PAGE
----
Court of Queen’s Bench grants interim injunction to province in EMS dispatch dispute

A judge has granted an interim injunction that stops a northern Alberta municipality from withdrawing from the provincial ambulance dispatch service.

Justice Kent Davidson heard a request Friday from the province seeking a court order to require the Regional Municipality of Wood Buffalo to resume transferring medical emergency calls to Alberta Health Services.

Lawyers for the government suggested that the northern municipality was operating illegally by refusing to send 911 calls to provincial dispatch.

The municipality, which includes Fort McMurray, stopped transferring calls at noon Thursday after its council decided the new service is putting patients at risk due to delays and confusion.

The lawyer representing the municipality, Chris Davis, said it was in the public interest for the municipality to keep handling emergency medical calls through its own dispatch centre, which already handles fire calls.

Davis said the municipality decided to stop transferring 911 calls after noticing delays in the provincial system that “jeopardized” patient service. 

Davidson questioned Davis, asking if the municipality expected “perfection” after AHS took over for just three weeks. 

Davis said AHS has looked at doing this takeover multiple times, but always stopped.

He later said AHS had five months of planning to prepare for this transition, but that didn’t offer a satisfactory outcome.

Shalee Kushnerick, the lawyer representing AHS, said the municipality acted “unilaterally and with no authority.” 

She added that the municipality “unlawfully usurped” AHS, describing the actions as “reckless.” 

Kushnerick said this prevents AHS from carrying out its mandate, which includes emergency dispatch. 

AHS had contracted out the dispatch work to the municipality in 2016, but that contract ended in January.

When it did, AHS went in and removed dispatch equipment.

Kushnerick said the municipality no longer has access to the provincial system or patient records and that the municipality would also be unable to respond to an emergency transfer out of a hospital. 

She added AHS has certain requirements, including reporting and data standards.

“The municipality can’t be permitted to continue their unlawful conduct,” Kushnerick said.  

In its injunction application, AHS said the municipality is not approved to operate a dispatch centre, nor has it requested approval from the minister to operate one.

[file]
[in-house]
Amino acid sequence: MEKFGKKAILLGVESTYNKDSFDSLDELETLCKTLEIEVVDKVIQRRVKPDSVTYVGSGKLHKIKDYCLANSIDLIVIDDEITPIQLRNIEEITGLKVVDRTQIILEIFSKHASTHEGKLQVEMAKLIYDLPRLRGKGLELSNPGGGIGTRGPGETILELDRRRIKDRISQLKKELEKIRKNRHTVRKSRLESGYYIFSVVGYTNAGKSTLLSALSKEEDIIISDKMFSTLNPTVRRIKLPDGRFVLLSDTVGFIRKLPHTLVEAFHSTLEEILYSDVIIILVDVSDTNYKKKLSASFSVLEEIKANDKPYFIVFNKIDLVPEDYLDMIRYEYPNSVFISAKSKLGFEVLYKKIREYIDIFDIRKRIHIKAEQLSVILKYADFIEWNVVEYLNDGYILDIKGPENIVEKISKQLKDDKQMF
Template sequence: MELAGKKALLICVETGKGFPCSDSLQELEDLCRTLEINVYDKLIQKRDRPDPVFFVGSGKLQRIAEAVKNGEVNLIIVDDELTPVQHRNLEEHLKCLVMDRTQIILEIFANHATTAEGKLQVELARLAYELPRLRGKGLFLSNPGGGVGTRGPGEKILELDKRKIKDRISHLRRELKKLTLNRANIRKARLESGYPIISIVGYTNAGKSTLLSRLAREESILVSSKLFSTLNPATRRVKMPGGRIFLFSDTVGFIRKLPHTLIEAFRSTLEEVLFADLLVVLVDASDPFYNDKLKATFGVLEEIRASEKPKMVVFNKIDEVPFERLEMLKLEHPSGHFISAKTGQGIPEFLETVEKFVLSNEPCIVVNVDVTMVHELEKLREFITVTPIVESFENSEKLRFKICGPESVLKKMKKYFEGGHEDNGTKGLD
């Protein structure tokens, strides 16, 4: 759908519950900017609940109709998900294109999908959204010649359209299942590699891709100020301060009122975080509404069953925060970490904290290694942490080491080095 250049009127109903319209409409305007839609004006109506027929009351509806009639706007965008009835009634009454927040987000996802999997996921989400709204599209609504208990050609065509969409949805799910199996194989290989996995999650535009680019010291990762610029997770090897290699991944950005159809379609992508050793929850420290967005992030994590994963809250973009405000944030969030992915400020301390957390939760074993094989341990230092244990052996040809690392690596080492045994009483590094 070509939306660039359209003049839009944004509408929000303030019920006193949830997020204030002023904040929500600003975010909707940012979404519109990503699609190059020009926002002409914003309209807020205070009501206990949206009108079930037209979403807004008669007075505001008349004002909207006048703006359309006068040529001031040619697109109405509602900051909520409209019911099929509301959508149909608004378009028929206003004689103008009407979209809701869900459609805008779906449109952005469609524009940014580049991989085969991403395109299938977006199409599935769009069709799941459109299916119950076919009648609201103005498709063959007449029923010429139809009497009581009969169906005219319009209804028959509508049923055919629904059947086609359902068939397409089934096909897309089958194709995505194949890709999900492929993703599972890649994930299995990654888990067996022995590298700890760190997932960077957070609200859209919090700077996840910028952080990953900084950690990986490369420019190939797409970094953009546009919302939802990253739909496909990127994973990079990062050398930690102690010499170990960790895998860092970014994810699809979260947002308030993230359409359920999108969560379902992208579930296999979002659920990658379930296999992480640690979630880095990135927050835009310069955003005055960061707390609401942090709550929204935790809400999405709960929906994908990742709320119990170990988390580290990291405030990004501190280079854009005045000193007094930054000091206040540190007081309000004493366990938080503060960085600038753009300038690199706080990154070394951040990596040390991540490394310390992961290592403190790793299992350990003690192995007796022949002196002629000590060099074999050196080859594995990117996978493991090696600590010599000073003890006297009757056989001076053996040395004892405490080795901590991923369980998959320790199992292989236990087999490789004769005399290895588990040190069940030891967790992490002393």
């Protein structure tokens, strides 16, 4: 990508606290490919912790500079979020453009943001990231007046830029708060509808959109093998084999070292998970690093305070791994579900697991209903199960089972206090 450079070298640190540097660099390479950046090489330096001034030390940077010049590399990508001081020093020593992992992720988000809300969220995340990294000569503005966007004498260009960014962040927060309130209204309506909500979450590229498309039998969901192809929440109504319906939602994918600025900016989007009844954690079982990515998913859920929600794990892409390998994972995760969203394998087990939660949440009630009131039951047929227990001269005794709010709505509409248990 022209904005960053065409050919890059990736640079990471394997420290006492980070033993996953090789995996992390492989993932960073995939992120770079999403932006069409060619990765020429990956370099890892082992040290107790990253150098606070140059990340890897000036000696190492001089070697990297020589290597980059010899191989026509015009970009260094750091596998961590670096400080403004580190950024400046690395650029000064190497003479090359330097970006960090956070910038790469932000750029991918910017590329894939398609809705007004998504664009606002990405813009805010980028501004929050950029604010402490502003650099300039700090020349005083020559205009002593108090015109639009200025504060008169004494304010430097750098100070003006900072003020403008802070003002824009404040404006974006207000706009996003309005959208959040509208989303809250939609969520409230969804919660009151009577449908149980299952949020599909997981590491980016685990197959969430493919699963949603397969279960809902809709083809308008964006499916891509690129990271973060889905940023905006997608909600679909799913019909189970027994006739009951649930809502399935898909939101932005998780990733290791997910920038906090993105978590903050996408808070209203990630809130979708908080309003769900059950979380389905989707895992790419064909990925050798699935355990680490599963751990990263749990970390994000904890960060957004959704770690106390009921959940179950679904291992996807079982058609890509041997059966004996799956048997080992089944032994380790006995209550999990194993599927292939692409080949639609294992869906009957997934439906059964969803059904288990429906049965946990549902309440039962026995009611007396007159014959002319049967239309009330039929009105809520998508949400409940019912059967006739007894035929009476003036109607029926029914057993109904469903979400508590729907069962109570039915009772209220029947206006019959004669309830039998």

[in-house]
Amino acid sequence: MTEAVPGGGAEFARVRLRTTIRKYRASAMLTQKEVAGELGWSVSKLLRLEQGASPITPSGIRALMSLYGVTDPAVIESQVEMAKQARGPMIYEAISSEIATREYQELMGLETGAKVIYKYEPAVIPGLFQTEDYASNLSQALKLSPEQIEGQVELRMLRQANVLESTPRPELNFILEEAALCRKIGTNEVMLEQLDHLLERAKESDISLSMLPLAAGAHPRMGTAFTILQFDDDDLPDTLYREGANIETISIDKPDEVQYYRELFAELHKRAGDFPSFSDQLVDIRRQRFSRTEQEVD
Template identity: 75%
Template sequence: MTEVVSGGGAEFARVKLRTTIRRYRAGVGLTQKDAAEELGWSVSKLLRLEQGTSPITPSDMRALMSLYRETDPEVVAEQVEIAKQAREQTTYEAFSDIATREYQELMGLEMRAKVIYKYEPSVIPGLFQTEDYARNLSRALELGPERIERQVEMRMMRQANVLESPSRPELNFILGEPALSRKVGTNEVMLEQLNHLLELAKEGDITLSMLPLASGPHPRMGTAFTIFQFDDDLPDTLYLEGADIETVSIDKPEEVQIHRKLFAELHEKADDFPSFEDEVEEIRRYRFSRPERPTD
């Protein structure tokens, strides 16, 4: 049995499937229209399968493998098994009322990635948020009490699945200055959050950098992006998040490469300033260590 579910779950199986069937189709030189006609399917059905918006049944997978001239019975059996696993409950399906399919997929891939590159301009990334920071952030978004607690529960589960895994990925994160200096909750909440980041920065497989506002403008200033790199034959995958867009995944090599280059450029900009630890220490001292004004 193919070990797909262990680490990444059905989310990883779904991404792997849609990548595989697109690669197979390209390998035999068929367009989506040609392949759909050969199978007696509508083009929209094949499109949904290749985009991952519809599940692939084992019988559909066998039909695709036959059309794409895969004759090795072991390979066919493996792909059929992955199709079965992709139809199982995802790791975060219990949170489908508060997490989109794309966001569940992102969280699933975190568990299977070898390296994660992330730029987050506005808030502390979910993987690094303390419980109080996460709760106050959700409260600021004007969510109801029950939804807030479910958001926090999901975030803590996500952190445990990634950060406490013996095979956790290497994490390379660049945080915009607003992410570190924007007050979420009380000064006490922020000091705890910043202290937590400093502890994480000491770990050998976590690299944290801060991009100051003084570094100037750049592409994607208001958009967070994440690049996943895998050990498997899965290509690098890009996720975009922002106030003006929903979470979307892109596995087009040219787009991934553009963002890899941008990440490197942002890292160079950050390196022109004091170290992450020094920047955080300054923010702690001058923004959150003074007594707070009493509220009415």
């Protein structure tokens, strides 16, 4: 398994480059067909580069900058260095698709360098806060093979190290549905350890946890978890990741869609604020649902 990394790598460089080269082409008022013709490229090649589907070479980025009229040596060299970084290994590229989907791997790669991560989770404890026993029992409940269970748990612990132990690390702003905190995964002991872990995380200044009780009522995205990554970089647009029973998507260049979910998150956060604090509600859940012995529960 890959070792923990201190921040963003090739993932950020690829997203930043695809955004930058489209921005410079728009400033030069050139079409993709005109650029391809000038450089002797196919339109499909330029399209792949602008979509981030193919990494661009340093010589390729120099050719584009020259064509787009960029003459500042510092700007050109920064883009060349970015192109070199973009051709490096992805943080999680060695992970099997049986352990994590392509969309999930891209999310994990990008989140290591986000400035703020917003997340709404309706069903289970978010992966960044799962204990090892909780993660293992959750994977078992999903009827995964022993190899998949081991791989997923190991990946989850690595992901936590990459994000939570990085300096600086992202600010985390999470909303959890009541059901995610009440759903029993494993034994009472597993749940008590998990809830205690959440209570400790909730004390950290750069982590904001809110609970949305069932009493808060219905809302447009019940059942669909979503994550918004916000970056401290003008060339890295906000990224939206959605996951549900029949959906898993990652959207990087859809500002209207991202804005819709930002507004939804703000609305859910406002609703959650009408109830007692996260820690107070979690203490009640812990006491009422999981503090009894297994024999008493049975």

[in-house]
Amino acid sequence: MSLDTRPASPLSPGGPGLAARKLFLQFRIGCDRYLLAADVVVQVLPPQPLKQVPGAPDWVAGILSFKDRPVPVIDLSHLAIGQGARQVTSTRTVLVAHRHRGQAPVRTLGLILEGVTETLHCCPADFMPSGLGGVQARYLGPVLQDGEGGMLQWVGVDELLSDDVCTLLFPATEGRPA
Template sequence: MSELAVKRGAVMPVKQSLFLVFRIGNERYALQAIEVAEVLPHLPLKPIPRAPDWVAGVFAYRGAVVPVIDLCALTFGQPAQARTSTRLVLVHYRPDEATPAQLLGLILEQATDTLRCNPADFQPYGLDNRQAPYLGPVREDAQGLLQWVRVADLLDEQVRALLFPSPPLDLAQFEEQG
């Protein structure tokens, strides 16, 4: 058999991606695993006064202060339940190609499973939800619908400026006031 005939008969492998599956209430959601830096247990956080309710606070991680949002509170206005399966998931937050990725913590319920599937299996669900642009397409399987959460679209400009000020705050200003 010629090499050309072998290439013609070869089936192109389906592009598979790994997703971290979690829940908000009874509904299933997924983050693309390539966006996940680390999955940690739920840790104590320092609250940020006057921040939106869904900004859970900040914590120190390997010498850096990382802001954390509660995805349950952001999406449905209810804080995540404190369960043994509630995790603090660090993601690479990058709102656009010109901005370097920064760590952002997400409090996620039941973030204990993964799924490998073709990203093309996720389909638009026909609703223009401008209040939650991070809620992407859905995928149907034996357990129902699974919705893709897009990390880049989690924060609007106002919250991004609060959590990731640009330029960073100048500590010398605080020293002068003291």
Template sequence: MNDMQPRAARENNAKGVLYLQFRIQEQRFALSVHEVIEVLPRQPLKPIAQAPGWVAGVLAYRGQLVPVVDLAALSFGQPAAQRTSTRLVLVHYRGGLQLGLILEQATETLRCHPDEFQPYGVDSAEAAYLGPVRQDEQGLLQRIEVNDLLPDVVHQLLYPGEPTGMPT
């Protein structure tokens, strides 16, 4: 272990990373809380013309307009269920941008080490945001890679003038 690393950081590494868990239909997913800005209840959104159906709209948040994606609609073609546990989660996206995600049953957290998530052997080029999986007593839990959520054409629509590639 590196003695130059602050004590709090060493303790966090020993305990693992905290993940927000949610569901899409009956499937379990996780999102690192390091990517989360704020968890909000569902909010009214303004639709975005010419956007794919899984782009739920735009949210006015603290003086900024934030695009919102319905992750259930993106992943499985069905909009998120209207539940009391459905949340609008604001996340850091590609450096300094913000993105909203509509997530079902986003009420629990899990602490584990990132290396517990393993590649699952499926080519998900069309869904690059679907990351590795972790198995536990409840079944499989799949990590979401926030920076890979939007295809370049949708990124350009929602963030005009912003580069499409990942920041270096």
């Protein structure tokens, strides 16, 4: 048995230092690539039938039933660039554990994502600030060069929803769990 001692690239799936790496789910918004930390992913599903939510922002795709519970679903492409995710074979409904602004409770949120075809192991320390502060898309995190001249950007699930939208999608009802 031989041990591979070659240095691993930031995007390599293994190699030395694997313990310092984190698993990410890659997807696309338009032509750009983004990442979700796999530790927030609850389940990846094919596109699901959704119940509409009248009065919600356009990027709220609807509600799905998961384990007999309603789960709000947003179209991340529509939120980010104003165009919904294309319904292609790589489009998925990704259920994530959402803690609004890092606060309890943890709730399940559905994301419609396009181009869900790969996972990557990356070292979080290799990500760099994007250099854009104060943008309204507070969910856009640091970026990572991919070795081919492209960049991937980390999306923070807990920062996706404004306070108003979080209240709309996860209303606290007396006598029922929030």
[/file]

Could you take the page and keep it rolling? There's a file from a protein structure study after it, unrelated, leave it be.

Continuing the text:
The interim injunction, which takes effect at noon Saturday, is to be in place until an application for a permanent order can be heard in March.

The province consolidated emergency medical dispatch services to save money, and recently forced Red Deer, Calgary, Lethbridge and Wood Buffalo to make the change despite their objections.

The municipalities have fought the decision and offered to pay for local dispatch service. 

‘It’s not over yet’

In a written statement, Wood Buffalo Mayor Don Scott said he respects the court’s decision, but “this does not mean the province is better at dispatching ambulances. It just means that this provincial government is willing to force us to comply.” 

Scott pointed out that council unanimously voted to stop transferring 911 calls. He said he was concerned the decision will “negatively affect patient outcomes in my region.” 

In an interview with CBC News Friday afternoon, Scott said a full hearing where the municipality can present all its evidence was a positive step.

“It’s not over yet,” he said.  

“I’m still committed to this cause.”

Scott said he doesn’t feel the province has listened to the municipality in a meaningful way and he encouraged residents with dispatch concerns to reach out.

“We’ve been hearing that AHS has a broken system,” said Scott. “It’s just a system that doesn’t work.” 

“Imagine if you’re having a heart attack or stroke, is it better to have an ambulance dispatched by AHS or by your local municipality who has been doing it since 1979 and can do it effectively.” 

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